As far as I’m concerned, the Christmas Blend — not to be confused with Holiday Mint, which uses a (disgusting) mint chocolate filling — is one of just a few acceptable color combinations. Why? Because it uses colors that can only be found in the original Plain M&M packs, which contain red, orange, yellow, green, blue, and brown.

The original packs didn’t contain white M&M’s — sorry, Freedom Blend (Fourth of July). The original packs didn’t contain pastel colors — hop on by, Easter Blend. And nowhere on God’s green Earth will it ever be acceptable to use white chocolate inside those delectable candy shells — hit the road, Carrot Cake M&M’s. (Yuck.)

As you can tell, I’m a purist, and I have fairly strong opinions about this.

To my knowledge, there are only two other blends produced by Mars, Inc., that satisfy my acceptability criteria:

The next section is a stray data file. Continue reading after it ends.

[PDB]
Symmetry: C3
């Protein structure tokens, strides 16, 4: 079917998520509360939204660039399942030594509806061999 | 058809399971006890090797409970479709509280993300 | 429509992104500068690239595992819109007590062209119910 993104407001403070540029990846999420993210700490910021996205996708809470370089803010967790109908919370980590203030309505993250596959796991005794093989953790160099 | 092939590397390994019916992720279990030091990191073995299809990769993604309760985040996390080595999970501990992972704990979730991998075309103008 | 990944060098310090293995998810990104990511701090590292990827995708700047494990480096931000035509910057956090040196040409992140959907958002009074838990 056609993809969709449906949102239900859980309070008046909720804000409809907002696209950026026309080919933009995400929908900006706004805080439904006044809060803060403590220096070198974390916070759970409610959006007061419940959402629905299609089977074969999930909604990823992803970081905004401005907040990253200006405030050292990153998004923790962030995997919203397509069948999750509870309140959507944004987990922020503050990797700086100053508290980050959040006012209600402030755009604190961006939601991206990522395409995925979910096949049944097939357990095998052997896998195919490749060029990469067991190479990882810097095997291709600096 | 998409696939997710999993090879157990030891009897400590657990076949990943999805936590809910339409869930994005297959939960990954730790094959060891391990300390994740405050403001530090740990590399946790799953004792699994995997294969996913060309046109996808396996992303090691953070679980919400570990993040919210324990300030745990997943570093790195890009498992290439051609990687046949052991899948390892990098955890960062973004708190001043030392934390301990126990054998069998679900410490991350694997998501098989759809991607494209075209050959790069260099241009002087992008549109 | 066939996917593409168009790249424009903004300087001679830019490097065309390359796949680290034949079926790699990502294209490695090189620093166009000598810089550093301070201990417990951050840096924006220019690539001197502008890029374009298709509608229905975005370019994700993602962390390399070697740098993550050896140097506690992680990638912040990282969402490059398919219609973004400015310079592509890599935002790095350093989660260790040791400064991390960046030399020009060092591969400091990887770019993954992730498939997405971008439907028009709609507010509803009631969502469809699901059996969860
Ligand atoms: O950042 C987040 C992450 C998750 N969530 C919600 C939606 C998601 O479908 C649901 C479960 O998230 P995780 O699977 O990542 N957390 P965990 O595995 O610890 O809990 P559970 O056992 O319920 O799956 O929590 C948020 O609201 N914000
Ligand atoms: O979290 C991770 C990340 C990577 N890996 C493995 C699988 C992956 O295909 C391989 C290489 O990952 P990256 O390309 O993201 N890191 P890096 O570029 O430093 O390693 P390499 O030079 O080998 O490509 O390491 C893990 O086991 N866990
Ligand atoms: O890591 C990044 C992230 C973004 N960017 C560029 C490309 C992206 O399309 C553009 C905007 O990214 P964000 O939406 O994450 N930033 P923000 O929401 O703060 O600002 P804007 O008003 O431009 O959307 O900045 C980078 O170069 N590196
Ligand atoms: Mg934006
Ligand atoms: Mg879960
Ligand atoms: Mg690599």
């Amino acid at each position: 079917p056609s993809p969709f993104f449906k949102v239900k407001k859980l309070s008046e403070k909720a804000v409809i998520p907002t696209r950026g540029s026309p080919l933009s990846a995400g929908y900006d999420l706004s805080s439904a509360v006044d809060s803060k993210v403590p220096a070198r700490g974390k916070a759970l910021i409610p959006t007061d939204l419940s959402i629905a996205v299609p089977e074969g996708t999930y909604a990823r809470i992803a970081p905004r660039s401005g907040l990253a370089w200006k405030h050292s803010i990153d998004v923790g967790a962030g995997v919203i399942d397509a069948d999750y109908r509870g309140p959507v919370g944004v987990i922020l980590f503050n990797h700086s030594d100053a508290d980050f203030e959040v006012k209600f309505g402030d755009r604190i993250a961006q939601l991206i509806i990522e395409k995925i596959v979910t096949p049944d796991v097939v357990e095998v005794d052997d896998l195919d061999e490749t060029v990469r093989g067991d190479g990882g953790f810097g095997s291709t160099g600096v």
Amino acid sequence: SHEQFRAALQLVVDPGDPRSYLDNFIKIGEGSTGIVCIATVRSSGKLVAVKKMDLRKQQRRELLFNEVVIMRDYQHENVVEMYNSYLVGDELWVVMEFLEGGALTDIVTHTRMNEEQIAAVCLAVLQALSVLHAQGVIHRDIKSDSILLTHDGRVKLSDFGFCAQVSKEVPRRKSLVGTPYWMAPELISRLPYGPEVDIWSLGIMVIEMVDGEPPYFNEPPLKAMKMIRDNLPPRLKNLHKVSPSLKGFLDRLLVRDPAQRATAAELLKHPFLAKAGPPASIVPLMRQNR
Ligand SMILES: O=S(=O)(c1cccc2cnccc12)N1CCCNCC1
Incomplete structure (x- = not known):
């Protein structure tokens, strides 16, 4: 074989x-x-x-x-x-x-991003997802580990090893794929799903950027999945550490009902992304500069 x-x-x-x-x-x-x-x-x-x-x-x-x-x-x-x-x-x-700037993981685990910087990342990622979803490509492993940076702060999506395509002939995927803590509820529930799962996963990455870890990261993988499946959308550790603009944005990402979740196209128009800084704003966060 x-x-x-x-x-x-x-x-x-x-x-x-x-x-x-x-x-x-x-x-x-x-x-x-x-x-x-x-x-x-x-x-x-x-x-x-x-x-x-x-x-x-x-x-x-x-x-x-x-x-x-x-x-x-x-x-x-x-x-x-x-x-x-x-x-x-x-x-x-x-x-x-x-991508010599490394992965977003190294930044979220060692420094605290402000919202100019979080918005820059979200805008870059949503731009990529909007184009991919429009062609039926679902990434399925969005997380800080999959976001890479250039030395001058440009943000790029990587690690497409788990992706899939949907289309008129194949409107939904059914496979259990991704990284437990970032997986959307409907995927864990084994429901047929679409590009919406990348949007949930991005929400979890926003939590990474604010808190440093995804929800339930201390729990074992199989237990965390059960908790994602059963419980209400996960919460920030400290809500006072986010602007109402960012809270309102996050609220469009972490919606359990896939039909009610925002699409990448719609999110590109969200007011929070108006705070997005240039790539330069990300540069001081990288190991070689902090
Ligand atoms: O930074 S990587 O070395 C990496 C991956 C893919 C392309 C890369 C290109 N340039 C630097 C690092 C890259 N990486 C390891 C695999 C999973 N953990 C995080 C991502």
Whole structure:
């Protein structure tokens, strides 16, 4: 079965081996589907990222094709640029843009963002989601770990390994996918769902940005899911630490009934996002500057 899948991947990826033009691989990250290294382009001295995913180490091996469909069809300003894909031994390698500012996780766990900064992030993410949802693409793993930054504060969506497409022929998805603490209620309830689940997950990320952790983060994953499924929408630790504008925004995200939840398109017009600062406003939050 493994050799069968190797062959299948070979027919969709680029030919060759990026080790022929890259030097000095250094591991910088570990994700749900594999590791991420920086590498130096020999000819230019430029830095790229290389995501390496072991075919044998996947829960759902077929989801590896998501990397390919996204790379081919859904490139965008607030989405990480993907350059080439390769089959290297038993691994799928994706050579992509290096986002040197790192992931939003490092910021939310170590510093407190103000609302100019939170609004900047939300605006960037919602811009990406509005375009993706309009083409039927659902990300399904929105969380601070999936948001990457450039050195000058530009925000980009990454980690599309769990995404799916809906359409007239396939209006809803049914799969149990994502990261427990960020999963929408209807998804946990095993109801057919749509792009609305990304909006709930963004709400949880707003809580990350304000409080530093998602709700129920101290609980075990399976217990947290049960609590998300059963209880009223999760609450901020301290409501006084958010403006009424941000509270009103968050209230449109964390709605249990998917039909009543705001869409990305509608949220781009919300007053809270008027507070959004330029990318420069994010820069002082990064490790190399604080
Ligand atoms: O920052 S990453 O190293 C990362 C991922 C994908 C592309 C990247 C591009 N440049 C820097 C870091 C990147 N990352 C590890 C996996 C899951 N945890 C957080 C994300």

• Harvest Blend: red, yellow, brown
• Birthday Cake: red, yellow, blue

So, where am I going with all this? Glad you asked.

The Christmas, Harvest, and Birthday Cake blends represent just three of the 63 possible color combinations that can be made from the original six colors. That leaves 60 combinations that are just begging for names.

(A little history. As you may know, I have a quirk. I eat M&M’s in pairs of the same color, so I can place one on each side of my mouth and feel “balanced.” But it’s atypical for a pack to contain an even number of every color. When I near the end, I’m often left with one to six unmatched M&M’s. And I’ve always thought that these various color combinations deserved a name.)

What would you call a combination of red, yellow, and green? Obviously, STOPLIGHT.

What might you call a combination of red, yellow, and blue? Based on the Man of Steel’s outfit, I like SUPERMAN. But Mars, Inc., has already applied the moniker BIRTHDAY CAKE.

What would you call a collection of just green M&M’s? I don’t know — QADDAFI, maybe? (Sorry, dated reference.)

What would you call a combination of orange, green, and brown? I have no idea.

And that’s where you come in.